“The bottom line is, if it comes in its current form it will cost our company $1.5 million straight off the bottom line,” said Panos. “If it costs us that much, how is a small guy going to be able to stomach that?”
Our panel of experts agreed it is a huge issue for small business people, especially considering that hospitality is the nation’s largest employer.
Don’t Forget About the Food!
With so much on their plates in this competitive business, restaurateurs still must remain vigilant about the quality of their product. “The importance of food quality can’t be overstated,” said Allen of Nation's Restaurant News. “We are seeing that you have a consumer with a more sophisticated palette, especially the younger people.”
Allen notes that Baby Boomers are eager to dine out and try new things, and more customers are interested in trying ethnic foods. “Food quality, different tastes and innovation are really important right now in the restaurant industry,” Allen said.
Healthy eating is also a major force in the market.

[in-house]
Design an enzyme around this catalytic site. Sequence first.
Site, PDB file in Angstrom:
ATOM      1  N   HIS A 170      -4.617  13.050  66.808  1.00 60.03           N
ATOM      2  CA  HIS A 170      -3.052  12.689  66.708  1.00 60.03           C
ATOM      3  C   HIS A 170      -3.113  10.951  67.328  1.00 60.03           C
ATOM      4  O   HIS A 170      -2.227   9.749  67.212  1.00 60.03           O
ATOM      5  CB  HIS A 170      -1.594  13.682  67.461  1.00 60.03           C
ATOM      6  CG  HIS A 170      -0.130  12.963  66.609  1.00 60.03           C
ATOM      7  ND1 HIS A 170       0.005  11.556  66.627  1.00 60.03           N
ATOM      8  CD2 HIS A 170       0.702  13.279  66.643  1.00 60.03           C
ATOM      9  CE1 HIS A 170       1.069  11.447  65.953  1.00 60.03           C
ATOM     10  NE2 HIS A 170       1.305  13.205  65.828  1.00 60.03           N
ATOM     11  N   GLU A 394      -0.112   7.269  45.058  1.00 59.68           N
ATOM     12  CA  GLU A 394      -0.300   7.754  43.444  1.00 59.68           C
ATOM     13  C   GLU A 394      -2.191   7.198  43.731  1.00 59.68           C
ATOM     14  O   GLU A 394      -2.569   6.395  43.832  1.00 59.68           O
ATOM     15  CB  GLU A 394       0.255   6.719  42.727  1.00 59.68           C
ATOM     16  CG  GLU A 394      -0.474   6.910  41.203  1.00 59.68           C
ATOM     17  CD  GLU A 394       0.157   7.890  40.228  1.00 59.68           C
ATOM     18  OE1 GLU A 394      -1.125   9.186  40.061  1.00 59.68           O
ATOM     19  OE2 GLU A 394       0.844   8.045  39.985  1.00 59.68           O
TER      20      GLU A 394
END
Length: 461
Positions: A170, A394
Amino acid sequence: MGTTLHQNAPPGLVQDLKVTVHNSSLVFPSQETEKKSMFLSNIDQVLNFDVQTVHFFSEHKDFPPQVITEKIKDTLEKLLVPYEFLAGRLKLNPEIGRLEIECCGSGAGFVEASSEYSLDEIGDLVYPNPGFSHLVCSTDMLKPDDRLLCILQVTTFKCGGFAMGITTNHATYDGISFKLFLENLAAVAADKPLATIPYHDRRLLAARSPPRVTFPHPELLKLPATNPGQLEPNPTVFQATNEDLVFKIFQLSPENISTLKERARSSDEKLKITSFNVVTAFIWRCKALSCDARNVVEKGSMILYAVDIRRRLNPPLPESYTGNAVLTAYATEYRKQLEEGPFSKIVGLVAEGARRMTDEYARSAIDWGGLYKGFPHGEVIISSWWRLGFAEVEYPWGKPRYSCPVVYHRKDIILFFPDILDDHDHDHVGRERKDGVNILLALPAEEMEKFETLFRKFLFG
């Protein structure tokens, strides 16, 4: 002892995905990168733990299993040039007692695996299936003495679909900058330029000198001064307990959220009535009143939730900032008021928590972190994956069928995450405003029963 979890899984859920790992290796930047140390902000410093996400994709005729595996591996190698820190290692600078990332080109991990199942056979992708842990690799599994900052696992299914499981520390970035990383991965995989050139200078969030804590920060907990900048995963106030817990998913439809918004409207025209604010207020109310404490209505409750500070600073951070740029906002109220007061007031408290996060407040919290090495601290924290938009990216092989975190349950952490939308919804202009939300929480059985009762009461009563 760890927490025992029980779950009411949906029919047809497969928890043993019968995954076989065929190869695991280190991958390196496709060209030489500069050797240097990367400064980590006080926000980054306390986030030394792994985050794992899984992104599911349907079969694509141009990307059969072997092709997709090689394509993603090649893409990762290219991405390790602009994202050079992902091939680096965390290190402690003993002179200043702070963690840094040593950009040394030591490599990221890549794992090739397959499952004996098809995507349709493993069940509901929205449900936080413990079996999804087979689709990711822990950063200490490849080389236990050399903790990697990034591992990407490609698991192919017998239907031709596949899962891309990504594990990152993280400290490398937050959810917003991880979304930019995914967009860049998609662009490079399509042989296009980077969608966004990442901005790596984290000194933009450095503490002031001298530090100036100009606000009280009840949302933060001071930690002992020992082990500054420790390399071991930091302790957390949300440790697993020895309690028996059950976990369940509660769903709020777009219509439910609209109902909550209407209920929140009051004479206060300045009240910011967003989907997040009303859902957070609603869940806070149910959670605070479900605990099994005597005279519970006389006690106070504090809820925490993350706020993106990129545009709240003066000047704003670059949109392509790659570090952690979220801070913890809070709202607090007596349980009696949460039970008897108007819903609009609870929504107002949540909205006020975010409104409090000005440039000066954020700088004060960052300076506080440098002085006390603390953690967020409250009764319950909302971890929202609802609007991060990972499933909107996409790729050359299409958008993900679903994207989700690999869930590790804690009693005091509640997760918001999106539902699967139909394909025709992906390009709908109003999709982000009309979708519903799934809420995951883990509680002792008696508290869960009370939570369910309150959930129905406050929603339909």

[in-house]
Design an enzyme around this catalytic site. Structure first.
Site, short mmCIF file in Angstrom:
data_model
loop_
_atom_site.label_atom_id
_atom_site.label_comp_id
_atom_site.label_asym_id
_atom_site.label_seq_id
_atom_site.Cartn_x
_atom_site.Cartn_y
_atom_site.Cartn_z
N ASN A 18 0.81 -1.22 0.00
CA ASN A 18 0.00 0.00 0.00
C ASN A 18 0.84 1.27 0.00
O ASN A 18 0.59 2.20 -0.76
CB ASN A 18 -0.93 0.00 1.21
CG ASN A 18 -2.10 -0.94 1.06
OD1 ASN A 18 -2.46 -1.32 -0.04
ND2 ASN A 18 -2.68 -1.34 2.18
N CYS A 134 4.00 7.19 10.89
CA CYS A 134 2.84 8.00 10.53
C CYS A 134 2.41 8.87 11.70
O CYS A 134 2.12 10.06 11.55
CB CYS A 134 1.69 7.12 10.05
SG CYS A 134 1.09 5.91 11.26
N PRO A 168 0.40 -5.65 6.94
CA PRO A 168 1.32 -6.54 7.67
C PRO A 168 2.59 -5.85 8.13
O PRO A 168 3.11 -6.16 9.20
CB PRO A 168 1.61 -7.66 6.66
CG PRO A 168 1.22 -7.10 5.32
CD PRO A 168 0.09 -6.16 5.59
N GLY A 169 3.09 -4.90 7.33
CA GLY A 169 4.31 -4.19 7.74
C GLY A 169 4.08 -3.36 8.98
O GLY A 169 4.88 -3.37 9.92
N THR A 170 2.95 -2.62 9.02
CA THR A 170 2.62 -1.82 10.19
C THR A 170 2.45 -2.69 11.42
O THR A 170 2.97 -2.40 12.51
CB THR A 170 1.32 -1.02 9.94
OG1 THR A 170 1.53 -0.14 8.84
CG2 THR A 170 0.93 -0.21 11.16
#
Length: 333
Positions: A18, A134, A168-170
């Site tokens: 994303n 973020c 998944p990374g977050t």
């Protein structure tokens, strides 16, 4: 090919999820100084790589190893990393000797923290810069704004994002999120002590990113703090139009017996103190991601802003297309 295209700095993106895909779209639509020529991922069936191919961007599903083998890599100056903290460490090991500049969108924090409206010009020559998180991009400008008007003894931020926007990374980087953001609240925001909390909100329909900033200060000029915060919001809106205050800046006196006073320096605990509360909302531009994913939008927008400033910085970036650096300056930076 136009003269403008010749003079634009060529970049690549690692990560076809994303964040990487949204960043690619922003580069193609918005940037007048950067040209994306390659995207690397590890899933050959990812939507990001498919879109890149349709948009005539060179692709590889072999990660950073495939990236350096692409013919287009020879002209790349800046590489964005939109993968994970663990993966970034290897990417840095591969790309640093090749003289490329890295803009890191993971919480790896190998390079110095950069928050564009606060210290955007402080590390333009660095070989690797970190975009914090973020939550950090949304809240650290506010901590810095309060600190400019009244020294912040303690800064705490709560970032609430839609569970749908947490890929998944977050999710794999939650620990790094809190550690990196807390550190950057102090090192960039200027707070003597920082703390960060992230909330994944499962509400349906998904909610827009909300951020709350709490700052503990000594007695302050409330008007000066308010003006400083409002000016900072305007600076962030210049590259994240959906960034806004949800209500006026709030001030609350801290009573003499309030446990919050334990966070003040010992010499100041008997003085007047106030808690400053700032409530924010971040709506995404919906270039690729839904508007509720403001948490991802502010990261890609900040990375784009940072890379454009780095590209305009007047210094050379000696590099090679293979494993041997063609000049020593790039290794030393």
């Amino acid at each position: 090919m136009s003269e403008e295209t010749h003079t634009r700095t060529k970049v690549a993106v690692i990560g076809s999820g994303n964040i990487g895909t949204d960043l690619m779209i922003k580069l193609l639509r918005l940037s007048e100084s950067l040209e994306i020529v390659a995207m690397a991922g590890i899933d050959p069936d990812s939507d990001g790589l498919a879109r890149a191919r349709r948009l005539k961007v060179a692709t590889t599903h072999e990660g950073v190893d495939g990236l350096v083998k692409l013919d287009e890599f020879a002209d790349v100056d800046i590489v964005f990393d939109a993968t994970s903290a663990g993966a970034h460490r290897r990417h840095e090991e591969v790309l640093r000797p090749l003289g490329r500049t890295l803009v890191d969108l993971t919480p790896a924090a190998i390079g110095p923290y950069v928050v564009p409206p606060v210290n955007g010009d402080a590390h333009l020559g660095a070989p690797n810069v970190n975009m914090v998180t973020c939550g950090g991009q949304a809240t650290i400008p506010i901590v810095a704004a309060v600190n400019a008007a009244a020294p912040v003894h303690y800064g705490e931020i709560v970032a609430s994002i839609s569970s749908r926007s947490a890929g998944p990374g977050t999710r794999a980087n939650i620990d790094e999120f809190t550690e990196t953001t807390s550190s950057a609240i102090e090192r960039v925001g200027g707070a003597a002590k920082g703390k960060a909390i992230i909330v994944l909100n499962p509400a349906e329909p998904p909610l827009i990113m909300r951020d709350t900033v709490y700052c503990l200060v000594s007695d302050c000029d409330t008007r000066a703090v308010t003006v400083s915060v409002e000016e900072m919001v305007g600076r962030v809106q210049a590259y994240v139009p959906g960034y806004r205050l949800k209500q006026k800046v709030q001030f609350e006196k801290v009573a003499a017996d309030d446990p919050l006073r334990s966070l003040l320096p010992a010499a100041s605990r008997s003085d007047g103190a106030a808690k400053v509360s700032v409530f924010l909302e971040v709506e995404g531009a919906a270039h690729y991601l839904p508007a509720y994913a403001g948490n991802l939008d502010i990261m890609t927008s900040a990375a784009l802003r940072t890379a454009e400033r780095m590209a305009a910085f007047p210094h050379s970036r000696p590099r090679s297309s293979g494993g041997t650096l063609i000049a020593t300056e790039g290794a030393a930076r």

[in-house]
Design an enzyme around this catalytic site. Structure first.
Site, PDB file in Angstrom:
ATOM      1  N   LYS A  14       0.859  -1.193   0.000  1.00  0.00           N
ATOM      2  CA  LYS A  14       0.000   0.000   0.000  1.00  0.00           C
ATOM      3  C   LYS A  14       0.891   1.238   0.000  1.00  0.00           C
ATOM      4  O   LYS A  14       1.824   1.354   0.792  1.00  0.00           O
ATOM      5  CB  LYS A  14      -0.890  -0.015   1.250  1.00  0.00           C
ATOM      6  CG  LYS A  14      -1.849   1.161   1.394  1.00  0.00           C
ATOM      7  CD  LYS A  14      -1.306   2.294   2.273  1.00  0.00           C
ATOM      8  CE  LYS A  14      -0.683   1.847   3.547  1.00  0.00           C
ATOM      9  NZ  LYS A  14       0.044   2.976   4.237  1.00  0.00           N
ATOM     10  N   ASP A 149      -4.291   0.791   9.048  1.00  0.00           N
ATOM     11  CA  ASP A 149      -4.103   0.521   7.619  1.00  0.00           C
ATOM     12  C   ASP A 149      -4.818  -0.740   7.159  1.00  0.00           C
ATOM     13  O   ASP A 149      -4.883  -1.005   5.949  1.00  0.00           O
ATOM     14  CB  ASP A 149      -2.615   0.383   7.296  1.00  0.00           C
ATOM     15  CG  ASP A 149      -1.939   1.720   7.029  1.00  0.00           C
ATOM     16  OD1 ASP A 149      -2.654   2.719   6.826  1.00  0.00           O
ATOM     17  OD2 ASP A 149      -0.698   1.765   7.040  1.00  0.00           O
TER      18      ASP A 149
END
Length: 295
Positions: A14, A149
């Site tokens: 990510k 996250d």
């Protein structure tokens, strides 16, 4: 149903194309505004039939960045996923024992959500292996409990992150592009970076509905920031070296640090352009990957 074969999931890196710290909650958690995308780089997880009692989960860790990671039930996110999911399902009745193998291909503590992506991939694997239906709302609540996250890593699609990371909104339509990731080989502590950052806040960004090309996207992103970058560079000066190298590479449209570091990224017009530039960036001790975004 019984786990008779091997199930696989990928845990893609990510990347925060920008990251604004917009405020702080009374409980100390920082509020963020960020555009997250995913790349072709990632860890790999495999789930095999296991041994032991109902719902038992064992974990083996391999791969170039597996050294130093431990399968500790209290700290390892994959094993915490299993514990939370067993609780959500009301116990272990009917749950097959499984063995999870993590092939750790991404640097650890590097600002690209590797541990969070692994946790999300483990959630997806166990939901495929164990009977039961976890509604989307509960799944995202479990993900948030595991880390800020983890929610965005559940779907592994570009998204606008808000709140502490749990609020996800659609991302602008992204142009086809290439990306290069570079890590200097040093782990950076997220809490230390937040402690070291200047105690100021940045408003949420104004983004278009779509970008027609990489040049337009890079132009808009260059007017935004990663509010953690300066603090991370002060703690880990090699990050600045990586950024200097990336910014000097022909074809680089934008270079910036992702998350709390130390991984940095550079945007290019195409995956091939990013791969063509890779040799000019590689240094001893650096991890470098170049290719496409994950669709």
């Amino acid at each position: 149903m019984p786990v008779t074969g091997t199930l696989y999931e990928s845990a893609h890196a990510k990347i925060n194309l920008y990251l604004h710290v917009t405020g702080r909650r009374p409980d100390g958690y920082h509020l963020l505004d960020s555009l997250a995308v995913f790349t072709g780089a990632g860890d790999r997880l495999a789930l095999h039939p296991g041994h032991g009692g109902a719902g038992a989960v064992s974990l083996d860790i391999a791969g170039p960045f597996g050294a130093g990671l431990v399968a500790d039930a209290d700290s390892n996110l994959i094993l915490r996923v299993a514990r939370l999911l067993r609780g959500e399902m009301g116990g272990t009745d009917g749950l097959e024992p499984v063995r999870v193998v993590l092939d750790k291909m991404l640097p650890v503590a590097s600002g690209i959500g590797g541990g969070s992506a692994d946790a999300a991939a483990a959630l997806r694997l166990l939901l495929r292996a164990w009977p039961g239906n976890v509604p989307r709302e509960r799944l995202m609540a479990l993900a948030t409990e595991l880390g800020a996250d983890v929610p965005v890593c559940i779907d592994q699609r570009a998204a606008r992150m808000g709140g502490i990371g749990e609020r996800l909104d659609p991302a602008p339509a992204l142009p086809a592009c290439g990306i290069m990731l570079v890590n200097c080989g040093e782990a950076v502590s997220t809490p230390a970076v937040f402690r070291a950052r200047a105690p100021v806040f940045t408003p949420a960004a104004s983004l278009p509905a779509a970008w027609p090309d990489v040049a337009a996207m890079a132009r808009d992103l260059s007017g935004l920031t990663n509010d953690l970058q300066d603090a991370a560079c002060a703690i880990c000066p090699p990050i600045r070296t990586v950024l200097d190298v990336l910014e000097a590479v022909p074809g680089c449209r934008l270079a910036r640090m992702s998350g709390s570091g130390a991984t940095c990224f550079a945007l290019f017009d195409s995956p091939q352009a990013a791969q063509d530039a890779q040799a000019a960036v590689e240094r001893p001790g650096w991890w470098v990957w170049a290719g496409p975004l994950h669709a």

“Consumers more and more want a more healthful product,” Panos said. “People want something that’s full-flavored but also healthy.”
This is why his company developed Fresh To Order, which serves up fresh, high-quality foods like gourmet salads and panini sandwiches. The restaurants even feature computer kiosks to help customers eat better. For example, select “600 calories” and a list of menu choices will pop up on the screen that are all under 600 calories. “You can customize your meal based on fat, calories, sodium and your total nutritional content,” Panos said.
Service and continuous training are hugely important.
Social media has upped the ante when it comes to service. Restaurants are increasingly using tools like Twitter or Foursquare to attract customers, but they also face the ire of angry customers online. Restaurants need to have processes in place for monitoring and managing customer comments on social media, Panos cautions. They need to be prepared with instant responses, especially to complaints.
“Any restaurant company that ignores social media today, it’s at their peril,” Panos said.
Michael Bull, CCIM, is the president and founder of Bull Realty, a regional commercial real estate brokerage firm based in Atlanta, and the host of the weekly radio show "America's Commercial Real Estate Show."